Andrew Clevenger / The Bulletin

WASHINGTON — Congress probably won’t impose a carbon tax on fossil fuel consumption as a way of raising revenue to shrink the deficit, Sen. Ron Wyden said Thursday.

“Whether you are for a carbon tax or against it, you’d have to say this is going to be a big lift politically,” the Oregon Democrat said during a panel discussion on America’s energy future.

Implementing a carbon tax had been briefly discussed this week in Washington as an alternative to raising tax rates to deal with the looming fiscal crisis, but as Wyden’s comment indicated, it never garnered the political support necessary to become a viable option.

Wyden will officially become the chairman of the Senate Energy and Natural Resources Committee in January, replacing retiring Sen. Jeff Bingaman, D-N.M. Together with Sen. Lisa Murkowski, R-Alaska, the committee’s ranking member, he discussed the committee’s upcoming agenda at the event hosted by CQ Roll Call.

As longtime friends and colleagues who visited each other’s states recently, Wyden and Murkowski hope to set a tone of civility and productivity, and “check gridlock at the door,” as Wyden put it.

“I think everybody in this room would agree that there is a pent-up demand when it comes to moving energy issues through the Congress,” Murkowski said.

The last big effort in Congress to modernize America’s energy policy was in 2007, before the economy tanked and advances in drilling led to a boom in natural gas, Wyden said.

“We feel in my part of the world that a number of renewables, particularly geothermal, hydropower and biomass, have really gotten short shrift,” he said.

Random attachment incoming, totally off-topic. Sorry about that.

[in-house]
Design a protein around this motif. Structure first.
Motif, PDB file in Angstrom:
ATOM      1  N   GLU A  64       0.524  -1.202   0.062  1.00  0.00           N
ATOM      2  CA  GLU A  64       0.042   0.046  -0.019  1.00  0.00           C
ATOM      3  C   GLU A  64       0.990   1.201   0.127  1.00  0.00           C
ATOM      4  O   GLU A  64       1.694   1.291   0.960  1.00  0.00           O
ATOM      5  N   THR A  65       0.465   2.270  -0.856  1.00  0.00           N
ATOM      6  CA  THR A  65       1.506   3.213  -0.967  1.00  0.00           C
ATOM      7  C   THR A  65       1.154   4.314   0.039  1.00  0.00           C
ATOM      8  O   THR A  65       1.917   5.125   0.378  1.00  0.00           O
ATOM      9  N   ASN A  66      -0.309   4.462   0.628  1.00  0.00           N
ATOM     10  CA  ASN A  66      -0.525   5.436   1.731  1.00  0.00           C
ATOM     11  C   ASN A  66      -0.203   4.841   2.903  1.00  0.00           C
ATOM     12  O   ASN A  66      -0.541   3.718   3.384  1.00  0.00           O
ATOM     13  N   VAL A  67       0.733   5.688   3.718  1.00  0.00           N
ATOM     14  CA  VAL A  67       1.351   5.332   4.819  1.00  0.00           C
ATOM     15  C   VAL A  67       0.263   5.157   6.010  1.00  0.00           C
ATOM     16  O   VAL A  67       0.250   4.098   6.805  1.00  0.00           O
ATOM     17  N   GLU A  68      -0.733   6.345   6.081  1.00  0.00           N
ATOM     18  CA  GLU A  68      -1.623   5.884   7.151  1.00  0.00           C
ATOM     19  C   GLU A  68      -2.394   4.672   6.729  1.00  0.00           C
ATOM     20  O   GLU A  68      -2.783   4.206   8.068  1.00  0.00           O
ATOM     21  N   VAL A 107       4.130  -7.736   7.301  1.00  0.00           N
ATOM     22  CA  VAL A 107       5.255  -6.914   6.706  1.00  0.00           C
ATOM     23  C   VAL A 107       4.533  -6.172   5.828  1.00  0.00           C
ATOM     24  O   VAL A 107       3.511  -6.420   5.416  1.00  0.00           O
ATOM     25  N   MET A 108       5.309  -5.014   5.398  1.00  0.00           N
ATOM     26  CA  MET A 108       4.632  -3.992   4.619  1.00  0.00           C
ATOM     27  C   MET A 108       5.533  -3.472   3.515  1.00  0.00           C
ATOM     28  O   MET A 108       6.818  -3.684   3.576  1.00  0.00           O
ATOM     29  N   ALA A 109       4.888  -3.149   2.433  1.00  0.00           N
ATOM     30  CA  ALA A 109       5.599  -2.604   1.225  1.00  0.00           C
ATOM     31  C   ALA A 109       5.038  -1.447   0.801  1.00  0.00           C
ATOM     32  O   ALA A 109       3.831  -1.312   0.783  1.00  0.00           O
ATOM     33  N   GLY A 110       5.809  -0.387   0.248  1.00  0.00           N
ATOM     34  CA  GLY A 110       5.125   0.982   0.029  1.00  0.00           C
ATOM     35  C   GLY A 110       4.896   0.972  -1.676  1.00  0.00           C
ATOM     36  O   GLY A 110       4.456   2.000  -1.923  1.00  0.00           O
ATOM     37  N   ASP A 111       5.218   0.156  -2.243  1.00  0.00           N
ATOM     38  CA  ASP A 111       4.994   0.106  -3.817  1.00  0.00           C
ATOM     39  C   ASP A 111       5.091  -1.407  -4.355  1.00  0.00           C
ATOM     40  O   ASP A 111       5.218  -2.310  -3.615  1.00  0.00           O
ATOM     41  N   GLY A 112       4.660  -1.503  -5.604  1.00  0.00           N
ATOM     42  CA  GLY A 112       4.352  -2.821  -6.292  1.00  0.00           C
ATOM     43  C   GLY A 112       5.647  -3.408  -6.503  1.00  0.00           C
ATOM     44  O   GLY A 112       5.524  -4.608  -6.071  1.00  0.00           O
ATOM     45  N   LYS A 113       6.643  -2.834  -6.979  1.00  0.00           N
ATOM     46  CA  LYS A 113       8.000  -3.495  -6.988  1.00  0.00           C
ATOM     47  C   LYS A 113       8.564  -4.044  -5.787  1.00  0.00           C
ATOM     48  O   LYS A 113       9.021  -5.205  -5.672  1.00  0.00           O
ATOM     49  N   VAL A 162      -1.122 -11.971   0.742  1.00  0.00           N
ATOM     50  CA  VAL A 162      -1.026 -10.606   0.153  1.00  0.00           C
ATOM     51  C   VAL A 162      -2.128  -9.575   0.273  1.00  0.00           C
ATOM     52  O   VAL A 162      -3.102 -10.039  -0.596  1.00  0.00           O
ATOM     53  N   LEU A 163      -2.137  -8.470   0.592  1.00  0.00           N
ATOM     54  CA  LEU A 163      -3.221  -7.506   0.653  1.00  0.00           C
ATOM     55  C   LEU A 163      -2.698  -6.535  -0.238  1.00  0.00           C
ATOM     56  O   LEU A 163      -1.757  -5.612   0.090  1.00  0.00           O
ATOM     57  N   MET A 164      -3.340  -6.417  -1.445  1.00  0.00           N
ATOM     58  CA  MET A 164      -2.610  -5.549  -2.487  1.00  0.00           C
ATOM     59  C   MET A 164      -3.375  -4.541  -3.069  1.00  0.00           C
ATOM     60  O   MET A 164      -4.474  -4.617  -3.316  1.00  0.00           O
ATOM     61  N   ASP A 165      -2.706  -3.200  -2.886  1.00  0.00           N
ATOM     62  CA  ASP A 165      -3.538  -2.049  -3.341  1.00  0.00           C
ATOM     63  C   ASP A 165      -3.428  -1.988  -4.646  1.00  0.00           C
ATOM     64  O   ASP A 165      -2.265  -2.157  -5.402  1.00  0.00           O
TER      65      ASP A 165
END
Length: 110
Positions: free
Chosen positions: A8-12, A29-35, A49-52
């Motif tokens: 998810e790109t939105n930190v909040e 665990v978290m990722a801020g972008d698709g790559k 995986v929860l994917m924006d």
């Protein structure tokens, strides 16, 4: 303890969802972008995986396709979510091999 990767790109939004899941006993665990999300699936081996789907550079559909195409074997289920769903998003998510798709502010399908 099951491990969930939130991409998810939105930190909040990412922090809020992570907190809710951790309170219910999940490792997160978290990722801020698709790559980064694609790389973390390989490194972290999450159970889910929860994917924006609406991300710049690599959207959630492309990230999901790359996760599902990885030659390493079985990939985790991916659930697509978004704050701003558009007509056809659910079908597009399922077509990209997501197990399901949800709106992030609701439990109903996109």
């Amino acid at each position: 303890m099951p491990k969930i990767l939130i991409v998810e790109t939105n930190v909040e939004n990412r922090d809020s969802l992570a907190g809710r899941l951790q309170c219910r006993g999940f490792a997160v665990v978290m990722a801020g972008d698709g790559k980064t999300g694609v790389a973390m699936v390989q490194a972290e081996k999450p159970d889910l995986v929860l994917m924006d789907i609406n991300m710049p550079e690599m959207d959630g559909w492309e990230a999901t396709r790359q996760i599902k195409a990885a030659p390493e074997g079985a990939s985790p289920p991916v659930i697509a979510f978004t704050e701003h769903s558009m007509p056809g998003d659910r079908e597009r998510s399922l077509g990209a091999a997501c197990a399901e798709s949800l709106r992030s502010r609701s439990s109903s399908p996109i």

Asked whether Republicans need to modify their message on climate change and environmental protection to court younger voters who largely went for Democrats in this year’s election, Murkowski warned that Republicans can’t simply pander for votes but need to offer a holistic approach based on governing with good ideas.

“We need to show a level of environmental responsibility that’s in conjunction with where young people are coming from,” she said.

Wyden said politicians in both parties had seen the same exit polls, but cautioned against assuming that voters are so easy to predict when it comes to energy, the environment and natural resources.

In rural counties he’s visited throughout Oregon, working class families are very concerned about protecting the quality of the land, air and water so that they can continue to hunt and fish in their spare time, he said.

“In Oregon, we’ve got green in our chromosomes. It doesn’t matter whether you’re 8 or 80, you care about the quality of life,” he said.

Wyden and Murkowski didn’t offer many specifics — Murkowski is working on a comprehensive energy plan, but it probably won’t be ready until after Jan. 1, she said. She pledged to work together to find common ground and develop legislation that both Democrats and Republicans could support.

One major challenge will be creating economic development opportunities for resource dependent communities, Wyden said. From timber in Oregon to wind and waves in coastal New England, communities need to figure out ways to use federal holdings responsibly, or else they will turn into ghost towns, he said.

Wyden plans on using multiple perspectives to shape federal policy, including state and local stakeholders, he said.

“We may be able to knit together a national coalition to come up with a fresh approach,” he said.

Wyden cited Rep. Greg Walden, R-Hood River, as an example of someone who shares this inclusive, problem-solving outlook. Walden’s elevation to a leadership position in the House (as the newly elected chair of the National Republican Congressional Committee) offers another avenue to work across the aisle to forge a way forward, he said.

“Voters are not going to tolerate another two years of constant (partisan) food-fights and bickering,” Wyden said. If that’s what they see, “they will be very hard on people who are on the ballot in 2014.”